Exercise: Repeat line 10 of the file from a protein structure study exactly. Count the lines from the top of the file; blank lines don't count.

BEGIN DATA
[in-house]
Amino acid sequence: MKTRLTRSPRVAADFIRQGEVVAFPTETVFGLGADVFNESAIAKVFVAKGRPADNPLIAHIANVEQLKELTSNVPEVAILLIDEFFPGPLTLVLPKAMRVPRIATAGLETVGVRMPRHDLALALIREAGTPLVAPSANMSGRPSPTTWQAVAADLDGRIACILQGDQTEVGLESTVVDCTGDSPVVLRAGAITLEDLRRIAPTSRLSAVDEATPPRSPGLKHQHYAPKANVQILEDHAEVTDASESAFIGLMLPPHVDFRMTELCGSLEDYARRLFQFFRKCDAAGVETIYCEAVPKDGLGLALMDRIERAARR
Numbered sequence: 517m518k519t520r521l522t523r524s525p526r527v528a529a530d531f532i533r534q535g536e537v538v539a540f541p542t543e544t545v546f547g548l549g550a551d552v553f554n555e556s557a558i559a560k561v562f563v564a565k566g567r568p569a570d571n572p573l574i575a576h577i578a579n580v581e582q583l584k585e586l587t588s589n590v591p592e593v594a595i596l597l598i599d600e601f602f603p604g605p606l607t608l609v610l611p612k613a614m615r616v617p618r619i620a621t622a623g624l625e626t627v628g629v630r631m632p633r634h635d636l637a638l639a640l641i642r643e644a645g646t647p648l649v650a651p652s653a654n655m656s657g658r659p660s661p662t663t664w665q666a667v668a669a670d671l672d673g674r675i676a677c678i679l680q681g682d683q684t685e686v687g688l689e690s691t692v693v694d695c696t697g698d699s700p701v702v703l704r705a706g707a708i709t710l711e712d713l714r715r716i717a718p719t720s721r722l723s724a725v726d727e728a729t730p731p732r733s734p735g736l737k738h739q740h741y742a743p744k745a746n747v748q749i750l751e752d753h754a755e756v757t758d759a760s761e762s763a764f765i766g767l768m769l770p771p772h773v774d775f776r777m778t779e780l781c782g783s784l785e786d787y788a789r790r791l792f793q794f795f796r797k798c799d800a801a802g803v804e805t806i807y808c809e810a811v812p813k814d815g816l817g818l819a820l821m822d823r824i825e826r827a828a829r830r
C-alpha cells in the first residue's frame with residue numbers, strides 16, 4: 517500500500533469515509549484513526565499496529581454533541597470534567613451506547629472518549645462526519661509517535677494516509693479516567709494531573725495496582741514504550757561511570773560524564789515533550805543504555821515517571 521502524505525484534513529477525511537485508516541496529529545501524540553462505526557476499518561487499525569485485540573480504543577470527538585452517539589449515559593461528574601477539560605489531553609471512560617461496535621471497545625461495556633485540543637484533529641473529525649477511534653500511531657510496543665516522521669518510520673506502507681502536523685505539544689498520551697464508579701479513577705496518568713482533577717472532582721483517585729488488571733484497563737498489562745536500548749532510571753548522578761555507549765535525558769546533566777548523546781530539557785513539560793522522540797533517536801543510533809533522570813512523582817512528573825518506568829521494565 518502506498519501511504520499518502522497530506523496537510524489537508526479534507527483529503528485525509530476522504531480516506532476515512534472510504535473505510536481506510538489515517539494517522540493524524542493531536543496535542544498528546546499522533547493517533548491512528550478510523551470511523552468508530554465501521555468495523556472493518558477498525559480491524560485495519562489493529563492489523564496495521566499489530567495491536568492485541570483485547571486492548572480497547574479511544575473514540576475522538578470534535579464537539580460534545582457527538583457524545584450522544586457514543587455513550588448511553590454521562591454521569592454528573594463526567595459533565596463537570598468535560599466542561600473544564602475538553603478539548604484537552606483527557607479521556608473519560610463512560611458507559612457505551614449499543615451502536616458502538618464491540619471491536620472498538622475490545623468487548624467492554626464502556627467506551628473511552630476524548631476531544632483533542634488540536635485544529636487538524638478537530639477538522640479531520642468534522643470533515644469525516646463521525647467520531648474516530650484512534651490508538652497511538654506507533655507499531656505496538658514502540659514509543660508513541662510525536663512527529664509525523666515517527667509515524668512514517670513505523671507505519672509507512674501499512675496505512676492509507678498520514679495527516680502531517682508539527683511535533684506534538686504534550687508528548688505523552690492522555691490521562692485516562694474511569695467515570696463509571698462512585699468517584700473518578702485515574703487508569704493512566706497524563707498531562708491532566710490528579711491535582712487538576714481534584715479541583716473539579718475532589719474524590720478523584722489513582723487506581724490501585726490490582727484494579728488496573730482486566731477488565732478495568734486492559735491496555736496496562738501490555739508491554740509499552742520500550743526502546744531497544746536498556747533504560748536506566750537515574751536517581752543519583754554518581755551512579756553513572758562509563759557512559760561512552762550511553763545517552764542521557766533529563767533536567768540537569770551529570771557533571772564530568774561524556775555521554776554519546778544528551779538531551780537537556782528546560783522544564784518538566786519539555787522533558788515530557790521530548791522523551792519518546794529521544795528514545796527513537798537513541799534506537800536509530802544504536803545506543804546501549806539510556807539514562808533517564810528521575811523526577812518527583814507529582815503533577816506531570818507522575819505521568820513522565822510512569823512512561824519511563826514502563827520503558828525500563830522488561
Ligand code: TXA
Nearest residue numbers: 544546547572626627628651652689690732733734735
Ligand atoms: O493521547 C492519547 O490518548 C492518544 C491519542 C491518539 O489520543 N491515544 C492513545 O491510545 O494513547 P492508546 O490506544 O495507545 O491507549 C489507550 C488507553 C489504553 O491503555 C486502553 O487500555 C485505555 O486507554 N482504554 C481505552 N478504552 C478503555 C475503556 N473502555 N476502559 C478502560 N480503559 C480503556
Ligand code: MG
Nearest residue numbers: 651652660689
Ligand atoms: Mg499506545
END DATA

Ligand atoms: Mg499506545